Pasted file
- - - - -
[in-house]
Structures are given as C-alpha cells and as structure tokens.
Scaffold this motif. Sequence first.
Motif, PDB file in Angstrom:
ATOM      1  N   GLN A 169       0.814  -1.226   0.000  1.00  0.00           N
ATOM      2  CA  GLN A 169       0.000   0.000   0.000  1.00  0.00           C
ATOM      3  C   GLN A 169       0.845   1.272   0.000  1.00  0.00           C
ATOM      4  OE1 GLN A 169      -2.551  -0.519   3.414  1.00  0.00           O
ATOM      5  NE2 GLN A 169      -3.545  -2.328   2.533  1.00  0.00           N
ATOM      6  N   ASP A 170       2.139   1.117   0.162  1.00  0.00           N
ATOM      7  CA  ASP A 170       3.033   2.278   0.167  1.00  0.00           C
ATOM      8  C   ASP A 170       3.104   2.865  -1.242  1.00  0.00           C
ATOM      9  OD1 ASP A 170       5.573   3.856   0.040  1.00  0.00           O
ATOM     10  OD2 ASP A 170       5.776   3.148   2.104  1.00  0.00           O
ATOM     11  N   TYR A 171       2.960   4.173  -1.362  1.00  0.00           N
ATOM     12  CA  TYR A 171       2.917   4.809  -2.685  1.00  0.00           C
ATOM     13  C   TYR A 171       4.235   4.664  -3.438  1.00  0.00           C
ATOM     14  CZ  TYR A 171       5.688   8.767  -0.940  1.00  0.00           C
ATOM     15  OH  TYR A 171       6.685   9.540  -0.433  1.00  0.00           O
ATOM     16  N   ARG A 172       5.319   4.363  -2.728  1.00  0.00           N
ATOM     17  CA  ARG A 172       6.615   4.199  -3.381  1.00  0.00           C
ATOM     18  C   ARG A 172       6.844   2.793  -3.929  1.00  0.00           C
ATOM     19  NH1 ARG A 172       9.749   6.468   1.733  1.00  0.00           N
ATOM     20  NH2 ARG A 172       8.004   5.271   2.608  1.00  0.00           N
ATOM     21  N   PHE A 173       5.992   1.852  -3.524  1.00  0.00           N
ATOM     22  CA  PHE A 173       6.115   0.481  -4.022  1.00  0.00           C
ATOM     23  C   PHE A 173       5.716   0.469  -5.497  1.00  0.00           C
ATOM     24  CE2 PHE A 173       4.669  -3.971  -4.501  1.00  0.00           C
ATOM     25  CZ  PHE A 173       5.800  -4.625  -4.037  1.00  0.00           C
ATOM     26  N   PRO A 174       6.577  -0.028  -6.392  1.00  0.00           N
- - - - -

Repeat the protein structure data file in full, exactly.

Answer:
[in-house]
Structures are given as C-alpha cells and as structure tokens.
Scaffold this motif. Sequence first.
Motif, PDB file in Angstrom:
ATOM      1  N   GLN A 169       0.814  -1.226   0.000  1.00  0.00           N
ATOM      2  CA  GLN A 169       0.000   0.000   0.000  1.00  0.00           C
ATOM      3  C   GLN A 169       0.845   1.272   0.000  1.00  0.00           C
ATOM      4  OE1 GLN A 169      -2.551  -0.519   3.414  1.00  0.00           O
ATOM      5  NE2 GLN A 169      -3.545  -2.328   2.533  1.00  0.00           N
ATOM      6  N   ASP A 170       2.139   1.117   0.162  1.00  0.00           N
ATOM      7  CA  ASP A 170       3.033   2.278   0.167  1.00  0.00           C
ATOM      8  C   ASP A 170       3.104   2.865  -1.242  1.00  0.00           C
ATOM      9  OD1 ASP A 170       5.573   3.856   0.040  1.00  0.00           O
ATOM     10  OD2 ASP A 170       5.776   3.148   2.104  1.00  0.00           O
ATOM     11  N   TYR A 171       2.960   4.173  -1.362  1.00  0.00           N
ATOM     12  CA  TYR A 171       2.917   4.809  -2.685  1.00  0.00           C
ATOM     13  C   TYR A 171       4.235   4.664  -3.438  1.00  0.00           C
ATOM     14  CZ  TYR A 171       5.688   8.767  -0.940  1.00  0.00           C
ATOM     15  OH  TYR A 171       6.685   9.540  -0.433  1.00  0.00           O
ATOM     16  N   ARG A 172       5.319   4.363  -2.728  1.00  0.00           N
ATOM     17  CA  ARG A 172       6.615   4.199  -3.381  1.00  0.00           C
ATOM     18  C   ARG A 172       6.844   2.793  -3.929  1.00  0.00           C
ATOM     19  NH1 ARG A 172       9.749   6.468   1.733  1.00  0.00           N
ATOM     20  NH2 ARG A 172       8.004   5.271   2.608  1.00  0.00           N
ATOM     21  N   PHE A 173       5.992   1.852  -3.524  1.00  0.00           N
ATOM     22  CA  PHE A 173       6.115   0.481  -4.022  1.00  0.00           C
ATOM     23  C   PHE A 173       5.716   0.469  -5.497  1.00  0.00           C
ATOM     24  CE2 PHE A 173       4.669  -3.971  -4.501  1.00  0.00           C
ATOM     25  CZ  PHE A 173       5.800  -4.625  -4.037  1.00  0.00           C
ATOM     26  N   PRO A 174       6.577  -0.028  -6.392  1.00  0.00           N